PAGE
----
They are most often eaten fresh, right out of the skin. To eat a Spanish lime, you need to bite into the thin skin, peel it back and so you can get to the pulp. The easiest way to eat it is to put the whole fruit into the mouth and suck the pulp from the seed. The limoncillo season falls on summer months. Street vendors sell clusters of 12 or more fruits for 50-100 RD or 1-2 USD.

5. Sea grape or Uva de playa.


Sea grape trees are very common for the coastal regions. They are wind resistant and highly tolerant of salt. It’s the main reason why they are planted to stabilize beach edges. Their byproduct, grape fruits are absolutely safe and tasty to eat. Apart from natural fruits, you can also find jams and juices made of sea grapes.

The fruits are rich in vitamins A, E, K, B2, folate, biotin, sodium, potassium, calcium and iodine. As a result, this exotic fruit helps in digestion, proper functioning of liver, reducing the overall glucose and cholesterol levels, regulating the blood pressure and healing rashes and skin based problems.

Sea grape ripens in the late summer or early fall. Normally you wouldn’t buy it, you would just go to the nearest beach and take fruits directly from sea grape trees.

6. Star fruit or Carambola.


As you may guess from the picture, the fruit owes the name to its star form when cut in cross-section. Dominicans may eat it entirely or use it to make jams and jellies. The flesh is crunchy, firm, and very juicy. It does not contain fibers and has a texture similar in consistency to that of grapes. The taste is difficult to match, but it has been compared to a mix of apple, pear, grape, and citrus family fruits.

Star fruits are rich in vitamins A, B6, C, E, thiamine (B1), riboflavin (B2), niacin (B3), folate, calcium, iron, magnesium and some other minerals. But individuals suffering from kidney failure and stones should be very careful with this exotic fruit. As it contains caramboxin and oxalic acid, its consumption may produce hiccups, vomiting, nausea and other side effects.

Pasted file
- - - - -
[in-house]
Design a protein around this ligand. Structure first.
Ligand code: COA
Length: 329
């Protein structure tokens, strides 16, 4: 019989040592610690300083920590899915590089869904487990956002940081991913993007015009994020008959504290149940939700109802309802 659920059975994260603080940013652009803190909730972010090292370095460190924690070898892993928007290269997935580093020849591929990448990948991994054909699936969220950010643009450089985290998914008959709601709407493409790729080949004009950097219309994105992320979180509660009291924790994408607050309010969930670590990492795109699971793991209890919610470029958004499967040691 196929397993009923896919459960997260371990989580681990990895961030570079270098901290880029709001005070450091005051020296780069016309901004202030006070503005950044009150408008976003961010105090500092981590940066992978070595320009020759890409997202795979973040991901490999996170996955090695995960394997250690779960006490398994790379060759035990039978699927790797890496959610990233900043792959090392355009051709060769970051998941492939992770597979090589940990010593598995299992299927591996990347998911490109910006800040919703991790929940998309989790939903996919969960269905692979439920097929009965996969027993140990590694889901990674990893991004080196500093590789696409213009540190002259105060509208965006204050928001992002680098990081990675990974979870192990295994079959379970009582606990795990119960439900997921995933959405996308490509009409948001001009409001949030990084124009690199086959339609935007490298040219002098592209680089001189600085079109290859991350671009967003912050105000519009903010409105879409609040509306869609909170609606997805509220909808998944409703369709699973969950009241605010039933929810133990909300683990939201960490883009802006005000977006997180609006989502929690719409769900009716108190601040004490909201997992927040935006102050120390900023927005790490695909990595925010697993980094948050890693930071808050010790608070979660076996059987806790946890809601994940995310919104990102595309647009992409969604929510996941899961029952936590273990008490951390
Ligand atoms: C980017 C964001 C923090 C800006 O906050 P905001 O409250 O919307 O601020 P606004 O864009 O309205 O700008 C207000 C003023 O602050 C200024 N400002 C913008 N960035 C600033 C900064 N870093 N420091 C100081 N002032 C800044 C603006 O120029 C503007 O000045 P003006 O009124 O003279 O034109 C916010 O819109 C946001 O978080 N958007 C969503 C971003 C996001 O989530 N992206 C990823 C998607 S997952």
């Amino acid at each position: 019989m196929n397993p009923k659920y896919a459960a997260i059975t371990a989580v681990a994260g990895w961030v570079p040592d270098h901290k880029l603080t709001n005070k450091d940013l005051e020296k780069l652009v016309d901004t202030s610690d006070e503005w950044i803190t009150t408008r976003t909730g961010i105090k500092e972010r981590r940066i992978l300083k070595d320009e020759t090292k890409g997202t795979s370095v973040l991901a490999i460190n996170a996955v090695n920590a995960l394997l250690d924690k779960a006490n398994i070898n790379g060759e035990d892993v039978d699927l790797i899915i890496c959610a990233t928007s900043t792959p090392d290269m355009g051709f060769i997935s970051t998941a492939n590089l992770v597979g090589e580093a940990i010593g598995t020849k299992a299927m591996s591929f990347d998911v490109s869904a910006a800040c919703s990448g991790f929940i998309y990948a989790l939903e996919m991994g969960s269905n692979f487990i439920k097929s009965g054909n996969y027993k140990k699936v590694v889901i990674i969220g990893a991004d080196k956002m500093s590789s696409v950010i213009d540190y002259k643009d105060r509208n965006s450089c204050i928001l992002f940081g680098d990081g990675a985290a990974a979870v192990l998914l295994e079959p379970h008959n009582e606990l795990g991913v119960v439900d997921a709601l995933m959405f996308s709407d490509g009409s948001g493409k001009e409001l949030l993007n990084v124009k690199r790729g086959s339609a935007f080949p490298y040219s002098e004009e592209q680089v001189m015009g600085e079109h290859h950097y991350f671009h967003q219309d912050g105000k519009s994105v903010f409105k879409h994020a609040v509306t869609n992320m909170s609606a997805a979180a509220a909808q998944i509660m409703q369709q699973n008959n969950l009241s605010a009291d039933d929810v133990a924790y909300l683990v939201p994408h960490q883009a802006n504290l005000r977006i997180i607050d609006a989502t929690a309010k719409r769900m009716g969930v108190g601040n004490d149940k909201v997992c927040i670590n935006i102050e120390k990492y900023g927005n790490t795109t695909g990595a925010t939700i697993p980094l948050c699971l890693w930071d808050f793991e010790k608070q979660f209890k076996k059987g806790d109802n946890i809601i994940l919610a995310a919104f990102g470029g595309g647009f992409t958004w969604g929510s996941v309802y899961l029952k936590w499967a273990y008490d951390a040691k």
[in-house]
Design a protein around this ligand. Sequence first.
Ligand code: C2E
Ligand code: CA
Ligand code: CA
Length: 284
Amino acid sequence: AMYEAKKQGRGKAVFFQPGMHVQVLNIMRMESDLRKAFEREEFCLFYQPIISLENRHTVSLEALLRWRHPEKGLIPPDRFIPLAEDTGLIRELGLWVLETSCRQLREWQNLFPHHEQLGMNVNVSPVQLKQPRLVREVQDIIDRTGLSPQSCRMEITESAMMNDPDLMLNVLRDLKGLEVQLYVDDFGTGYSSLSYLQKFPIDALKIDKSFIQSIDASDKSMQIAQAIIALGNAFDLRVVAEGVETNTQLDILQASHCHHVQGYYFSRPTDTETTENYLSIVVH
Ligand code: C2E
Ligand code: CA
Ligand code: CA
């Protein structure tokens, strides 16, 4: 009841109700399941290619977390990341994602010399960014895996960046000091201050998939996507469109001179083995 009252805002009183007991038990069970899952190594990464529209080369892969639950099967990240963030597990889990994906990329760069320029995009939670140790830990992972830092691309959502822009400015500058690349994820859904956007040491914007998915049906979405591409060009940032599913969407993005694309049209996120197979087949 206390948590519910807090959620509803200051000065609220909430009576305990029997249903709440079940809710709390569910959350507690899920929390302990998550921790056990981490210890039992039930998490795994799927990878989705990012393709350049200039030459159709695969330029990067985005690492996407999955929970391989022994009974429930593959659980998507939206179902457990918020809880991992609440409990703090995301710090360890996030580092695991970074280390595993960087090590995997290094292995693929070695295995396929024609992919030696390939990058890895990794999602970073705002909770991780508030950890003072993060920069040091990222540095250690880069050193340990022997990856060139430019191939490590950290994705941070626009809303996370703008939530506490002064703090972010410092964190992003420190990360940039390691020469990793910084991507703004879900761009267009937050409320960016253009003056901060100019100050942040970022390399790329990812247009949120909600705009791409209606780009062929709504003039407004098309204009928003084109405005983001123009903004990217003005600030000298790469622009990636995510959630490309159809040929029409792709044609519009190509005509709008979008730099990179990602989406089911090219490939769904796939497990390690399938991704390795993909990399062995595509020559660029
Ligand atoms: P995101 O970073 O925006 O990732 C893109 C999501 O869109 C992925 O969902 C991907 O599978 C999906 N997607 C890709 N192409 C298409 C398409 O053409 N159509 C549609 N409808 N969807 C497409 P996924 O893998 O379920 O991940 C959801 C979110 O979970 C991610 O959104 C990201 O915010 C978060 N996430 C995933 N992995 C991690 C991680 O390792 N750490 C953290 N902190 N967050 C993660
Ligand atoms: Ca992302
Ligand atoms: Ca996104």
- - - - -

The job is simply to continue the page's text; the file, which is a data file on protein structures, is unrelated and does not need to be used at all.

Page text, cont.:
The star fruit trees flower throughout the year which results in at least two fruiting seasons. One usually happens at the end of spring-beginning of summer and the other one at the end of autumn-beginning of winter. You can normally buy star fruits at supermarkets for 100 RD or 2 USD per pound.

7. Tamarind or Tamarindo.


That one is a very peculiar fruit. It looks like a pod with a brown shell and contains an edible pulp. Distinct nations throughout the world use it in their national cuisine. In some Asian countries, the fruit pulp is used to polish brass shrine statues and lamps, and copper, brass, and bronze utensils. But here in the Dominican Republic it is mostly consumed fresh or as juices.

The pulp has a special juicy, acidulous taste.  It is high in tartaric acid, sugar, A, B vitamins, and calcium, copper, iron and magnesium. The fruit pulp extracts of tamarind possess high phenol and antioxidant activities. It also helps to lower cholesterol levels.

The price for 1 pound of tamarind pods is approximately 50 RD or 1 USD.

8. Sour sop or Guanábana.


Sour sop trees adapt to areas of high humidity and relatively warm winters. Its flavor presents a combination of strawberries and apples mixed with sour citrus notes. But in order to taste it, you will need to overcome the first rejection that the sight of the fruit texture will produce. It will look like a white mucous cream similar to lard but with black seeds.

The fruit’s pulp serves for making fruit nectar, smoothies, juices, as well as candies, sorbets, and ice cream flavorings. Sour sop can boast significant amounts of vitamin C, vitamin B1 and vitamin B2. The seeds are not edible because of compound annonacin which is a strong neurotoxin. The exotic fruit has got a wide promotion recently as an alternative cancer treatment. Though there is no medical evidence proving its cancer treating effects, any Dominican will confirm to you it does help to fight cancer.

Whether you believe in its magic properties or not, you can always easily get and taste it in the Dominican Republic. Moreover, the price is low and tends to be around 80 RD or 1.5 USD per fruit.

We hope this information will help you to discover new tastes and flavors of the tropical Dominican Republic. Don’t be afraid to taste these exotic fruits and get a healthy vitamin-rich boost. Let us know if you know any other rare fruits so we can include them in the list too.